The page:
GOV 321 Civil Liberties
A consideration, primarily through hypothetical cases, of constitutional issues arising under the Bill of Rights and the 14th Amendment. Junior standing; GOV 210 or HIS 230, 240. Sophomores who have completed either GOV 210 or HIS 230, 240 may enroll with permission of the instructor.

GOV 330 Political Parties and Political Behavior
A study of the major factors involved in the behavior of party systems, emphasizing American political parties. Prerequisite: GOV 210.

GOV 331 State and Local Politics
The American political process at the state and local levels, and the dynamics of American federalism. Prerequisite: GOV 210.

GOV 332 Executive Branch Politics
An examination of the American presidency and the administrative agencies of the executive branch of the national government. Focus is on the policy-making process within the executive branch. Prerequisite: GOV 210.

GOV 333 The American Presidency
An examination of the nature of the presidency and its role in the American political system. The presidency is defined broadly to include both the presidential office and the institutional structures in the White House and the Executive Office of the President that have grown up around it. Prerequisite: GOV 210.

GOV 334 Congress
A consideration of the politics and processes of our national legislature with attention to their effects on its policy decisions. Topics covered include representation and the electoral process, congressional organization, the legislative process, and relations of the Congress with other political actors. Prerequisite: GOV 210 or permission of the instructor.

GOV 335 Public Administration
An introduction to the major concepts of administration, emphasizing the policy-making and policy-implementation functions of the federal bureaucracy. Prerequisite: GOV 210 or permission of the instructor.

GOV 410-439 Topics in American Politics
Prerequisite: Junior standing or permission of the instructor; GOV 210 or permission of the instructor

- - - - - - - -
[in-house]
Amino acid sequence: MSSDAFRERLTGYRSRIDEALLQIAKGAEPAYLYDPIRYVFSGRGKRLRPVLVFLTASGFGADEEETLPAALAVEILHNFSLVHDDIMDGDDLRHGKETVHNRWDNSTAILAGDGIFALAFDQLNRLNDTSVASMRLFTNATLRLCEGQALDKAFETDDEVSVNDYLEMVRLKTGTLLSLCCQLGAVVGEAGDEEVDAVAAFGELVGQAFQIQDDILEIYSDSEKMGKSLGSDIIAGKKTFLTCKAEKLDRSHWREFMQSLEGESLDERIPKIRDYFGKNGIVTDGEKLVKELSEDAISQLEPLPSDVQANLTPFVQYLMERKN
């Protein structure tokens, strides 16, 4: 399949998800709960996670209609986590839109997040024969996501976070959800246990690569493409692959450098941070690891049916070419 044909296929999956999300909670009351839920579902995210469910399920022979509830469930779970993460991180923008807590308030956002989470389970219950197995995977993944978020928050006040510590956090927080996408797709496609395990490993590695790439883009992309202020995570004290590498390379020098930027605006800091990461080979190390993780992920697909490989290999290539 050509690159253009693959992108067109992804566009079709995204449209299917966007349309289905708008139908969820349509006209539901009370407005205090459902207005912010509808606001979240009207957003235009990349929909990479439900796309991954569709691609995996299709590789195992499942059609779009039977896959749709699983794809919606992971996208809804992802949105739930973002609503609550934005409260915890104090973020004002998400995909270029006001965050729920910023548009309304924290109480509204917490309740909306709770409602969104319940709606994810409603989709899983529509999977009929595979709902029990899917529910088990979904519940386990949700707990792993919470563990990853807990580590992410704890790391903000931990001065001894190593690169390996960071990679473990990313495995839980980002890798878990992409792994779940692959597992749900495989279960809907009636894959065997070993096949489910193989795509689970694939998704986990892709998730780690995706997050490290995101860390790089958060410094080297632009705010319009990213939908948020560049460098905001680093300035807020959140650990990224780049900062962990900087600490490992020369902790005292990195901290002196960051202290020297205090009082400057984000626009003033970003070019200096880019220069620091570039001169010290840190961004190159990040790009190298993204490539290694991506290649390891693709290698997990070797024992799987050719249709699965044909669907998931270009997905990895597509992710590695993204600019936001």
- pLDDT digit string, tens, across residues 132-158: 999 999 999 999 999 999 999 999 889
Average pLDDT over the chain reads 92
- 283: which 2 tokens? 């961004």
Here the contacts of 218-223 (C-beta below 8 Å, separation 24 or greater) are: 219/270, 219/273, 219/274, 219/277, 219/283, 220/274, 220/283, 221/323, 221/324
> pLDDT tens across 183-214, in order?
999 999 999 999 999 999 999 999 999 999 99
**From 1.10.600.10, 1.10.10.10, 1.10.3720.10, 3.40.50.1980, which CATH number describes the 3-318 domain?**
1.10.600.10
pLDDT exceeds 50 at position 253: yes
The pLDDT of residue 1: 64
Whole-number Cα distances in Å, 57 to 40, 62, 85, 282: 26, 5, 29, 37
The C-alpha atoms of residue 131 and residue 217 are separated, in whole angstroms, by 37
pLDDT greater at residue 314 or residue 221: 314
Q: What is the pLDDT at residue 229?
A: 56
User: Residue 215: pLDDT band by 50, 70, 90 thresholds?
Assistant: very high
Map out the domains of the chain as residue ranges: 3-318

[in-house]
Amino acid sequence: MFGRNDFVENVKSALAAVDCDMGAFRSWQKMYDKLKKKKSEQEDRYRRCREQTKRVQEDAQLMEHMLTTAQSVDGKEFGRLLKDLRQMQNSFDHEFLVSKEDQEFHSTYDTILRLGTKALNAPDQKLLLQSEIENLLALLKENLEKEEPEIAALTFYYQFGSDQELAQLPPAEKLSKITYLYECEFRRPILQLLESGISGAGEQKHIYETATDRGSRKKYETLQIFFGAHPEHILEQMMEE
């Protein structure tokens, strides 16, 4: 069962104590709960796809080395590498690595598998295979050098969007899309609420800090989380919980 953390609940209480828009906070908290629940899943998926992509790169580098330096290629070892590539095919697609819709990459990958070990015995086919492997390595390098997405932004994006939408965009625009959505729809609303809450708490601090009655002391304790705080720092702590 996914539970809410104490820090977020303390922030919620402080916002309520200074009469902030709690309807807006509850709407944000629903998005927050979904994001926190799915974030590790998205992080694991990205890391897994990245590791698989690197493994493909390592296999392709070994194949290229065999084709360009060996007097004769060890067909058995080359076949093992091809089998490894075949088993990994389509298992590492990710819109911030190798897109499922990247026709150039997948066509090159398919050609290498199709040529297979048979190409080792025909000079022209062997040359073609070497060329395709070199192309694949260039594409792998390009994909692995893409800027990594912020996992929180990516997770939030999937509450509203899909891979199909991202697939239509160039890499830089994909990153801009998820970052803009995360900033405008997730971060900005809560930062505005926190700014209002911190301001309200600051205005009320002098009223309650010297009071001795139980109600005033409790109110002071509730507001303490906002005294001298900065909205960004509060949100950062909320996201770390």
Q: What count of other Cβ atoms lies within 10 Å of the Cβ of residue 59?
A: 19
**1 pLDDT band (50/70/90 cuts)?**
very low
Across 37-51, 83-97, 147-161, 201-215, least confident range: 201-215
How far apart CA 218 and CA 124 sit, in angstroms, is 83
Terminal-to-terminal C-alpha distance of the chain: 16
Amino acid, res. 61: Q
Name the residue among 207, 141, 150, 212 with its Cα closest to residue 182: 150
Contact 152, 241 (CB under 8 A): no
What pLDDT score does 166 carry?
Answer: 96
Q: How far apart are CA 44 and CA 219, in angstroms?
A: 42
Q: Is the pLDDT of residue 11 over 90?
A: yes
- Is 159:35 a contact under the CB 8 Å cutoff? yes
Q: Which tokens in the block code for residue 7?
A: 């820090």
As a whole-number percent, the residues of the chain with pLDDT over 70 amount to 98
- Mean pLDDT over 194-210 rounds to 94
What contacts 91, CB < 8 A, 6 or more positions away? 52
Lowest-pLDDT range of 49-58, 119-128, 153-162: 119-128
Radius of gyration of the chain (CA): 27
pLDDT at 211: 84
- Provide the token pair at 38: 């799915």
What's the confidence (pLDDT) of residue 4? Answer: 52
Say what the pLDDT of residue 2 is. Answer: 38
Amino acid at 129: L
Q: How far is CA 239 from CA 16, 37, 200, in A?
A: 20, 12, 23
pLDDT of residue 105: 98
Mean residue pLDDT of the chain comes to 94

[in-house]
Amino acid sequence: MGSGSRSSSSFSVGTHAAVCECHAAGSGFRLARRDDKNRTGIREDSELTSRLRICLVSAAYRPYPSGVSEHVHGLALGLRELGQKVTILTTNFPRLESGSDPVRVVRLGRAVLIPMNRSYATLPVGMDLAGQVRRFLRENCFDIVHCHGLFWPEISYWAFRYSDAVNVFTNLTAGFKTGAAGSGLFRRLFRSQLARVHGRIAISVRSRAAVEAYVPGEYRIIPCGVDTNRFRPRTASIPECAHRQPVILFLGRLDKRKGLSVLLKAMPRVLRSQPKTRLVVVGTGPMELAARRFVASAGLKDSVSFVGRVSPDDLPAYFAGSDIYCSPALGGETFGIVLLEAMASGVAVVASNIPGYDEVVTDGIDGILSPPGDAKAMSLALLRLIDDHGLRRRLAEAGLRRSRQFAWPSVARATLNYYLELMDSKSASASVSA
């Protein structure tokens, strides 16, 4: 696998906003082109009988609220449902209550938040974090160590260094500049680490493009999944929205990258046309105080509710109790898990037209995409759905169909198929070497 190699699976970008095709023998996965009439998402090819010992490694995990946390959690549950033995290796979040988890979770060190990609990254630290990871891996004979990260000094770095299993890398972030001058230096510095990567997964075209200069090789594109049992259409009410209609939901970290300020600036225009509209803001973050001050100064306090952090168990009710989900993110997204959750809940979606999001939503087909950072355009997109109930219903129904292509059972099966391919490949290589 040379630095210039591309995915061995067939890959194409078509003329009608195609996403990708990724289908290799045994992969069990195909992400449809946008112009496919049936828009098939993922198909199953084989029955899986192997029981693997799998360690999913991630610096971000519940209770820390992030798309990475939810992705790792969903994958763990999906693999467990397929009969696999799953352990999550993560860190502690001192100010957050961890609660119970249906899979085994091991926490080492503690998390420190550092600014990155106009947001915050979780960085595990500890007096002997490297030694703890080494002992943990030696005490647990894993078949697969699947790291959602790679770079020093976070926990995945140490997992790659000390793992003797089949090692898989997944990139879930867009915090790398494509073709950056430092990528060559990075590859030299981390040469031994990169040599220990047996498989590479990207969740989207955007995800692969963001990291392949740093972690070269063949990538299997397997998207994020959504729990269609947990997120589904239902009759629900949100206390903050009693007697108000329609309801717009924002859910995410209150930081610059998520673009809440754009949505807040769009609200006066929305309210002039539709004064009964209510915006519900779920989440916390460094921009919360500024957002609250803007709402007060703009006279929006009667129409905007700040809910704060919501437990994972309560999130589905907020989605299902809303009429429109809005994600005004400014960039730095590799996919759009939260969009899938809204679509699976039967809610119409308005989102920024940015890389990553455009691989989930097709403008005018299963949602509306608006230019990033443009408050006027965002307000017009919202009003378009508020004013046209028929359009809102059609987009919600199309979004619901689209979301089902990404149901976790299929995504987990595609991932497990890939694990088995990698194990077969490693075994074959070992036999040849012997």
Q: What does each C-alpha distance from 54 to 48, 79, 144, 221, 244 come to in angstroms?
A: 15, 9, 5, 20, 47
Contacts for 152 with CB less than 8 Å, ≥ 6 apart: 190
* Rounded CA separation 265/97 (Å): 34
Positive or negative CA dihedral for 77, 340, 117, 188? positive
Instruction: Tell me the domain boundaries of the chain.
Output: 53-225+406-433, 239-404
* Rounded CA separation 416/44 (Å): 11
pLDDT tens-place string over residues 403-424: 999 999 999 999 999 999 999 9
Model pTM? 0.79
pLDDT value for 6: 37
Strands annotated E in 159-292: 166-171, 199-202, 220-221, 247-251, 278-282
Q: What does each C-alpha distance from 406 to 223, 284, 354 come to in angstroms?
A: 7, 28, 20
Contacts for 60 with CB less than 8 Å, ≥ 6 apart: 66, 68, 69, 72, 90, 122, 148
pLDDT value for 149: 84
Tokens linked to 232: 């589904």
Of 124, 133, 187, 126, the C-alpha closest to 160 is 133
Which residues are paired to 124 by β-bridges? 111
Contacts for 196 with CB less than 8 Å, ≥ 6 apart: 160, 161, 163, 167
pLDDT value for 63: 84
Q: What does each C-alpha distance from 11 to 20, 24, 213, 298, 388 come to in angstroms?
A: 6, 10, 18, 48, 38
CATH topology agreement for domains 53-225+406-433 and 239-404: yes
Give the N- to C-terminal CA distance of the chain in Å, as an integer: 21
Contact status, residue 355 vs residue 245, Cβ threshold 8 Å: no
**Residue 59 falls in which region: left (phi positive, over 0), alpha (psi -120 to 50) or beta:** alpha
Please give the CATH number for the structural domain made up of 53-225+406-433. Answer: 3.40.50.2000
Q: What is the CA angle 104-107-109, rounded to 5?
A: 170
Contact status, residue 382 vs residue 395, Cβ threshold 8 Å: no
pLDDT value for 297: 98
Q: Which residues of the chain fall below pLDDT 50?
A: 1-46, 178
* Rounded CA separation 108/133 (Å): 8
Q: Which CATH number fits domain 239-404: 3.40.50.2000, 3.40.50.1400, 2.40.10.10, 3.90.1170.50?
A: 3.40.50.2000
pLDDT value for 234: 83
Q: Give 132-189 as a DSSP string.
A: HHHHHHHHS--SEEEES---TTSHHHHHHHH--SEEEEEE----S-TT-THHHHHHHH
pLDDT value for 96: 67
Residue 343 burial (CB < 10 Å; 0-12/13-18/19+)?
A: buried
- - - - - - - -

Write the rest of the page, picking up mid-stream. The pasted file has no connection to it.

Comparative Government and International Relations

GOV 340 European Politics
A study of major political systems in Europe, both East and West. Special emphasis is given to the ongoing changes in political structures of the European communities. Prerequisite: Junior standing; GOV 110 or permission of the instructor.

GOV 341 Latin American Politics
A study of the political systems of Latin America. Attention is given to the problems of political changes and economic development. The role of the United States in Latin American politics is also explored. Prerequisite:Junior standing; GOV 110 or permission of the instructor.

GOV 343 Politics of Sub-Saharan Africa
A general introduction to politics on the African continent south of the Sahara Desert. The first part of the course explores African political systems chronologically from pre-colonial forms such as "empires," through colonialism, and into the current nation-state system. The second half of the course looks at several political challenges facing Africa today, bringing in specific country examples to illustrate how those challenges are being met. Examples include: the ethnic factor, the legacy of colonialism, democratic transitions, and the debate over whether development should precede democracy (or vice-versa). Some topical issues such as the environment, population and health are also examined. Prerequisite:Junior standing; GOV 110 or permission of the instructor.

GOV 344 Politics of the Middle East
A study of the political sources of conflict in the Middle East. These sources include religion, great power rivalry, resource conflict, and levels of development. These sources are applied to the variety of conflicts in the region, including intra-Arab disputes, the Arab-Israeli conflict, the notion of civilizational conflict between the West and Islam, and the implications for transformation in the Middle East. Prerequisite: junior standing and GOV 110; or permission of the instructor.

GOV 350 Gender and Politics
An exploration of gender and feminist issues as they relate to political theory and political participation. The first part of the course examines current debates in international relations theory concerning the significance and relevance of feminist contributions. This is followed by an analysis of men’s and women’s participation in American politics. Finally, the course compares the American context with the experiences of Europe and the developing world. Prerequisite:Junior standing; GOV 110 or permission of the instructor.

GOV 351 Women and Development